The rise of DX clusters has changed the face of DX considerably over the years. Nowadays many DXers use and rely on these clusters to find rare DX stations, and many people blame the pile-ups that inevitably occur on the fact that rare DX finds immediately are flooded with people attempting to contact them as soon as they get ‘spotted’ onto a cluster.
That being said, using DX clusters is a great place to start – particularly for people who are new to DX. With clusters now able to show users the DX results that are relevant to them and the area that they’re in – you can get all the information you need about potential DX stations. To use DX clusters effectively however, you need to know the basics:
All DX clusters have the same data
There are so many DX clusters out there that choosing which one to use can be tough – except when you consider the fact that all DX clusters have the same data. The way it works is when someone ‘spots’ a DX station onto a cluster, that cluster then shares the data with all the other clusters so it almost instantly appears on them too. The only difference between DX clusters is their interface and features – so pick whichever one suits your fancy.
Always establish contact before spotting a DX station
Remember this rule – because the last thing you want to do is spot a rare DX station before you’ve established contact and then end up getting lost in the pile-up that will almost certainly take place. Generally most experienced DXers tend to allow a certain amount of time so that all the initial people who found the DX station manually are able to establish contact – and only then will they ‘spot’ it.
Don’t bother spotting common stations
When you first start using a DX cluster you may be tempted to spot any and all stations that you come across that aren’t already showing up. However if it is a relatively common station then most DXers really aren’t going to care much and there’s no reason to spot it. At the end of the day DXers are focused on finding rare or long-distance stations, so common stations from nearby aren’t a big deal.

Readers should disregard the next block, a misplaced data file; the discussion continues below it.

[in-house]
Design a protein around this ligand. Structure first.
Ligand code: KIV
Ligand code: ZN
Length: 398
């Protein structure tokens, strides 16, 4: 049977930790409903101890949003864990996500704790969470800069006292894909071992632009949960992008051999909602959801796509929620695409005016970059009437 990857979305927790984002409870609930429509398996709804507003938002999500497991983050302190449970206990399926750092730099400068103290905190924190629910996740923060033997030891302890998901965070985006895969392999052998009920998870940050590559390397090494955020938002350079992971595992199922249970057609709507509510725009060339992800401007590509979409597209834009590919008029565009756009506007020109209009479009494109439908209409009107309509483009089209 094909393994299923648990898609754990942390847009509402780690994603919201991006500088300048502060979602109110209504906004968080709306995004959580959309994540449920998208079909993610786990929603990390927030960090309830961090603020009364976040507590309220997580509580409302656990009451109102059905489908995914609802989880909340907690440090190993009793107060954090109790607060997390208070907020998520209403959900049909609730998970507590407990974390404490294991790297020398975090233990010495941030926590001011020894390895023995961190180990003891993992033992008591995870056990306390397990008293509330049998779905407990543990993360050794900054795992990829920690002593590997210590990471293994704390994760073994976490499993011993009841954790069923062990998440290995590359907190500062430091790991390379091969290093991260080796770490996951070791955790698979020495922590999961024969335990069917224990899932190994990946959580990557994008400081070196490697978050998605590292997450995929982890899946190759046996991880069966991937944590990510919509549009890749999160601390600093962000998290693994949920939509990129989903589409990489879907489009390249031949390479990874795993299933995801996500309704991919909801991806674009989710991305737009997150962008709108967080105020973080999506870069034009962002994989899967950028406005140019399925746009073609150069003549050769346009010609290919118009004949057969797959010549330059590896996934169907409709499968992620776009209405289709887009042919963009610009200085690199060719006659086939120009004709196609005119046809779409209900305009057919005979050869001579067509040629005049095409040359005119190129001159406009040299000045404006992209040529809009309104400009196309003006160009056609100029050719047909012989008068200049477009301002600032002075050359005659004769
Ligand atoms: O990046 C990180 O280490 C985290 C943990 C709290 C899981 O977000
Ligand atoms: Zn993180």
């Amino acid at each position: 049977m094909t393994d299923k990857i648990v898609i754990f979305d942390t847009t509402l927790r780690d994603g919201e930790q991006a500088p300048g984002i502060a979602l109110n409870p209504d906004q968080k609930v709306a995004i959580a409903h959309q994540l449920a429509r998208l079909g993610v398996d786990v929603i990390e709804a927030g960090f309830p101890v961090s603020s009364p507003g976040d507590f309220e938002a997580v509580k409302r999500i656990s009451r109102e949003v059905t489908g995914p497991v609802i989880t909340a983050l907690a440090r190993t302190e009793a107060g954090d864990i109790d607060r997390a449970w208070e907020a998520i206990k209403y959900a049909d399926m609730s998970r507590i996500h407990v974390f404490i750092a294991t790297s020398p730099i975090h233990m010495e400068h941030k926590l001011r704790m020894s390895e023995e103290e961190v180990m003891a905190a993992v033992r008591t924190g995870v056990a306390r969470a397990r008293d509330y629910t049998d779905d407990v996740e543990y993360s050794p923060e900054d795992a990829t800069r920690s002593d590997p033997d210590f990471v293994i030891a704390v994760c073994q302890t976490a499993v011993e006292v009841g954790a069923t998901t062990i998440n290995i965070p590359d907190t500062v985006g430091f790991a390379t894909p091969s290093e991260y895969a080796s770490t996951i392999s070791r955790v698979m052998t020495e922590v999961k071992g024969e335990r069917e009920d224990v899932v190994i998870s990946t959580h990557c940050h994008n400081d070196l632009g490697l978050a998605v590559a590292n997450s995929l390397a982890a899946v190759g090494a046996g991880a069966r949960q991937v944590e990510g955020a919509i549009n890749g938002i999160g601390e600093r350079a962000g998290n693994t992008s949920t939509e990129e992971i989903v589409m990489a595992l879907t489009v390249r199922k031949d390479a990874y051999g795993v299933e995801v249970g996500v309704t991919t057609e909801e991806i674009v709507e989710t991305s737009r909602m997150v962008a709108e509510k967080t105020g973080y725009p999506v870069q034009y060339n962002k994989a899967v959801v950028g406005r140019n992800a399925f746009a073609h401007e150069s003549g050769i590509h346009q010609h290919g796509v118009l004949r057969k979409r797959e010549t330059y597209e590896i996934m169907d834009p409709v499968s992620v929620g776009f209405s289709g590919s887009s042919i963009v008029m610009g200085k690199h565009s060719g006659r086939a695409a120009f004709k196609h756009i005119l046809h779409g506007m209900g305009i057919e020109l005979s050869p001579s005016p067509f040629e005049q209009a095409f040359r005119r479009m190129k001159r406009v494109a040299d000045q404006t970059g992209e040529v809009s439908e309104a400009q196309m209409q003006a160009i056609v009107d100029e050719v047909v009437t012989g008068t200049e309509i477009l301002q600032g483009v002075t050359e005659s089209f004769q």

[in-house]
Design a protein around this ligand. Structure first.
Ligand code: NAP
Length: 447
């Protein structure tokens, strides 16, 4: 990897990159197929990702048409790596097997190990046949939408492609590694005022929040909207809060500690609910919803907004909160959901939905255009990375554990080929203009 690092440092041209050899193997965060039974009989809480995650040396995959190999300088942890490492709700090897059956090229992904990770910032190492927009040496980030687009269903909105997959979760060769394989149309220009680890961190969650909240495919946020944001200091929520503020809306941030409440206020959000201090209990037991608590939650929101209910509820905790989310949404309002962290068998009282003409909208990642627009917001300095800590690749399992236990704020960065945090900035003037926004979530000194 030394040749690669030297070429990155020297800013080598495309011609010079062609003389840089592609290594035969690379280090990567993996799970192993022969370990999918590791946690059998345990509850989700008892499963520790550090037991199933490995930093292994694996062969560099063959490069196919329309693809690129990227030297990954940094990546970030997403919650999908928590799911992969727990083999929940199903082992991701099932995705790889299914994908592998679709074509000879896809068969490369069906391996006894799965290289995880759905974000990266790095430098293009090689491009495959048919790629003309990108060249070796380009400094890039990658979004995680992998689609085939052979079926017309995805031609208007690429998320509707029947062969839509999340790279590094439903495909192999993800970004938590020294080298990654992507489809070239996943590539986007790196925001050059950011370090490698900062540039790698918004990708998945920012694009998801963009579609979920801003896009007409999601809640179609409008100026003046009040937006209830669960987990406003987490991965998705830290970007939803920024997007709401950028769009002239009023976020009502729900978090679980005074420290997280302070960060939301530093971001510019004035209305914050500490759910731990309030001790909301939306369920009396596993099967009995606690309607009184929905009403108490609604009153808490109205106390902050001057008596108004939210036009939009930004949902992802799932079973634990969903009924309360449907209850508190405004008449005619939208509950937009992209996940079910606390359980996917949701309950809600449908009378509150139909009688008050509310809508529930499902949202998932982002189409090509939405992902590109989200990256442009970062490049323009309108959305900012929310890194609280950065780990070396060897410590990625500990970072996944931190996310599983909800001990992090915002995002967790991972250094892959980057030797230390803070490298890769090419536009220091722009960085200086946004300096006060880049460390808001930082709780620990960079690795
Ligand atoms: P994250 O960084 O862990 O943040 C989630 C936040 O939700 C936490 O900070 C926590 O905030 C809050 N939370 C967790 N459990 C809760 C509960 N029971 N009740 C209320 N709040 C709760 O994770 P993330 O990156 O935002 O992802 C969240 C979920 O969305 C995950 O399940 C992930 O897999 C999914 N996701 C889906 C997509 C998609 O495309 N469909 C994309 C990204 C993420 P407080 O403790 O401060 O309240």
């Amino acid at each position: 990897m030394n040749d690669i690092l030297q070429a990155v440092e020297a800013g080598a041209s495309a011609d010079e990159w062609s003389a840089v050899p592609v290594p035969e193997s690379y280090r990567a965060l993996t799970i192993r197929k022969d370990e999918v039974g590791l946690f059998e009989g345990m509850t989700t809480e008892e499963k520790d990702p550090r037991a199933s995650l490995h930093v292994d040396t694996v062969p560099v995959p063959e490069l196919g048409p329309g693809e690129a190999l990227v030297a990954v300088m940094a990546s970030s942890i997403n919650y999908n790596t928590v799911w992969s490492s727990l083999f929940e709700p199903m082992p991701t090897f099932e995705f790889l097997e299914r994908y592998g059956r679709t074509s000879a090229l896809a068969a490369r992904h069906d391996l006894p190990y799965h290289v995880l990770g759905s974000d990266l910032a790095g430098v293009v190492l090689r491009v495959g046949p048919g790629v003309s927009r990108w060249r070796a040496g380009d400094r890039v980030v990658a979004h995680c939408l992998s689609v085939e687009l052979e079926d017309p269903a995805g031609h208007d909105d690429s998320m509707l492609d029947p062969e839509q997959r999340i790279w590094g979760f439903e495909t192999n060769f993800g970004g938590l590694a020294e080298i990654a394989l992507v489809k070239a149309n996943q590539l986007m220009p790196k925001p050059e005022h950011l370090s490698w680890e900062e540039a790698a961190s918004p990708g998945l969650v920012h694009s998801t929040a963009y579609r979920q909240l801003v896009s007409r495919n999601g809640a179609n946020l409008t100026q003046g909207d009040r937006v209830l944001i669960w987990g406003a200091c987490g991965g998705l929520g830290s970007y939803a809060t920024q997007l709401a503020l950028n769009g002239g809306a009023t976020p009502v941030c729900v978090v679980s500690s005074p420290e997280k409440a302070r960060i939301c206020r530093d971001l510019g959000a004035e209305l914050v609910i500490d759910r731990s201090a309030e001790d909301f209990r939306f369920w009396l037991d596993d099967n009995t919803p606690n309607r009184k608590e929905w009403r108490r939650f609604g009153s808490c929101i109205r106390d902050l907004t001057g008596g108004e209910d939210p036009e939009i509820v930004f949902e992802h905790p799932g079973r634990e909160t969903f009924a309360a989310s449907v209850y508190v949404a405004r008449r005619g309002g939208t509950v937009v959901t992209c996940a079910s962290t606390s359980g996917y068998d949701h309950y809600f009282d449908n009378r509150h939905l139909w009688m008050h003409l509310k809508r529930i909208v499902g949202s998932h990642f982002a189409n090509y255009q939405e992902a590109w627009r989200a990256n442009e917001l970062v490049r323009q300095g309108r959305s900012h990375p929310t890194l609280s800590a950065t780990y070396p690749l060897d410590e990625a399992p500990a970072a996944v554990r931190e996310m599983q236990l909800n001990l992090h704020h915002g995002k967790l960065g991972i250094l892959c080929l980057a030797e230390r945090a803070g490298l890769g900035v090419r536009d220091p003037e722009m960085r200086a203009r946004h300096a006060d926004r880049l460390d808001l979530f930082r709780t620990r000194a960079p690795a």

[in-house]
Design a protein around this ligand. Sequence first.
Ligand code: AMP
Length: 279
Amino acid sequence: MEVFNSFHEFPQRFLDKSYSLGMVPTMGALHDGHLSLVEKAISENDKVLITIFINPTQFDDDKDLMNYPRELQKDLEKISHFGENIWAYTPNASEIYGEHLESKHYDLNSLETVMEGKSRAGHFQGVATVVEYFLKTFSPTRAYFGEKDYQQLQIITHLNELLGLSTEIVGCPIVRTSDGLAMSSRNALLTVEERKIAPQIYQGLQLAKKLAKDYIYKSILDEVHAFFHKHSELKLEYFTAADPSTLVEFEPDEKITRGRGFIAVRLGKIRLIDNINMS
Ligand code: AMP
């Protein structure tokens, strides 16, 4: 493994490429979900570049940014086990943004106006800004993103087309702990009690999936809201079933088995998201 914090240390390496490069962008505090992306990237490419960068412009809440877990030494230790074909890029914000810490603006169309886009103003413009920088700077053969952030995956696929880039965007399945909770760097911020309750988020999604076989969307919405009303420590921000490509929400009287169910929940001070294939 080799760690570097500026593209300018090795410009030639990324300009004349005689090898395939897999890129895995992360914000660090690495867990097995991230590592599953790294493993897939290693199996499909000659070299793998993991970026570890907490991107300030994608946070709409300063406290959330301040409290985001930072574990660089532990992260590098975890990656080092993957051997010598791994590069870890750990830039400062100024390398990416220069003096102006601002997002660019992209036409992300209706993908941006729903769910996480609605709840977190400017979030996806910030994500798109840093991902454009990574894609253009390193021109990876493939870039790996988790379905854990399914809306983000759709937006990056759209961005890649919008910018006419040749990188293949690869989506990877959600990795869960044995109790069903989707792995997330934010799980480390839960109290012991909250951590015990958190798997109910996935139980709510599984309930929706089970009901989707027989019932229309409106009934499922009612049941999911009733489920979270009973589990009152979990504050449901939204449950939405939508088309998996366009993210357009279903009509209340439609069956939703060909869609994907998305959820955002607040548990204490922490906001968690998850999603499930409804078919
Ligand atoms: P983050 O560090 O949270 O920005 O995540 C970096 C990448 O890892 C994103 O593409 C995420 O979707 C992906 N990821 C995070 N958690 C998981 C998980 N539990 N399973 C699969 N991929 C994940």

Double-check your spots before posting them
Whenever you’re about to spot a DX station – double check it to see whether or not it has been posted already (in which case you don’t want to overlap) and whether you got all the details right. It can help to avoid some really unpleasant situations such as typing the code for North Korea and having everyone get really excited to get a contact from there only to find out it was a rookie mistake on your part.
Frankly, using DX clusters isn’t all that hard and you’ll get the hang of it in no time. In fact, you’ll soon begin to realize that you can use it to learn a lot about propagation and even as a predictive tool to figure out when you’re likely to be able to establish contact with certain parts of the world.
Of course to do that you need to give it a try and it would be worth finding out more about DX clusters by heading over here to see what your options are. Be sure to look around before settling on a DX cluster, and then spend a bit of time familiarizing yourself with it so that you don’t end up getting lost.